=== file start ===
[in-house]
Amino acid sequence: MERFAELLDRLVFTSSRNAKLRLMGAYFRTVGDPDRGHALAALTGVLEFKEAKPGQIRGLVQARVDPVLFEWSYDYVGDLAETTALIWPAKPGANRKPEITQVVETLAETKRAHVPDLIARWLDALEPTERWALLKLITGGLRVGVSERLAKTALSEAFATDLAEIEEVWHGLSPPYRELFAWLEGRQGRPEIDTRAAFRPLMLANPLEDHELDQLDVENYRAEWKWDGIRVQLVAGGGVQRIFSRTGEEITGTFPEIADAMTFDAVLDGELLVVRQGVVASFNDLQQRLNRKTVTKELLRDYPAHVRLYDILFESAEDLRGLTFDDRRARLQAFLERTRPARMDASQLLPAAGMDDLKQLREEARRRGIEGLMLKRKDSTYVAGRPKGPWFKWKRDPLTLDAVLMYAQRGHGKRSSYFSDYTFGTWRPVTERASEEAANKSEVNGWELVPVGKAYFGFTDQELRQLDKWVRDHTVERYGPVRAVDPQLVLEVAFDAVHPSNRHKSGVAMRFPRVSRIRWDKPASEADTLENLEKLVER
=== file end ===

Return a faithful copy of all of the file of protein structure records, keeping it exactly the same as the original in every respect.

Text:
[in-house]
Amino acid sequence: MERFAELLDRLVFTSSRNAKLRLMGAYFRTVGDPDRGHALAALTGVLEFKEAKPGQIRGLVQARVDPVLFEWSYDYVGDLAETTALIWPAKPGANRKPEITQVVETLAETKRAHVPDLIARWLDALEPTERWALLKLITGGLRVGVSERLAKTALSEAFATDLAEIEEVWHGLSPPYRELFAWLEGRQGRPEIDTRAAFRPLMLANPLEDHELDQLDVENYRAEWKWDGIRVQLVAGGGVQRIFSRTGEEITGTFPEIADAMTFDAVLDGELLVVRQGVVASFNDLQQRLNRKTVTKELLRDYPAHVRLYDILFESAEDLRGLTFDDRRARLQAFLERTRPARMDASQLLPAAGMDDLKQLREEARRRGIEGLMLKRKDSTYVAGRPKGPWFKWKRDPLTLDAVLMYAQRGHGKRSSYFSDYTFGTWRPVTERASEEAANKSEVNGWELVPVGKAYFGFTDQELRQLDKWVRDHTVERYGPVRAVDPQLVLEVAFDAVHPSNRHKSGVAMRFPRVSRIRWDKPASEADTLENLEKLVER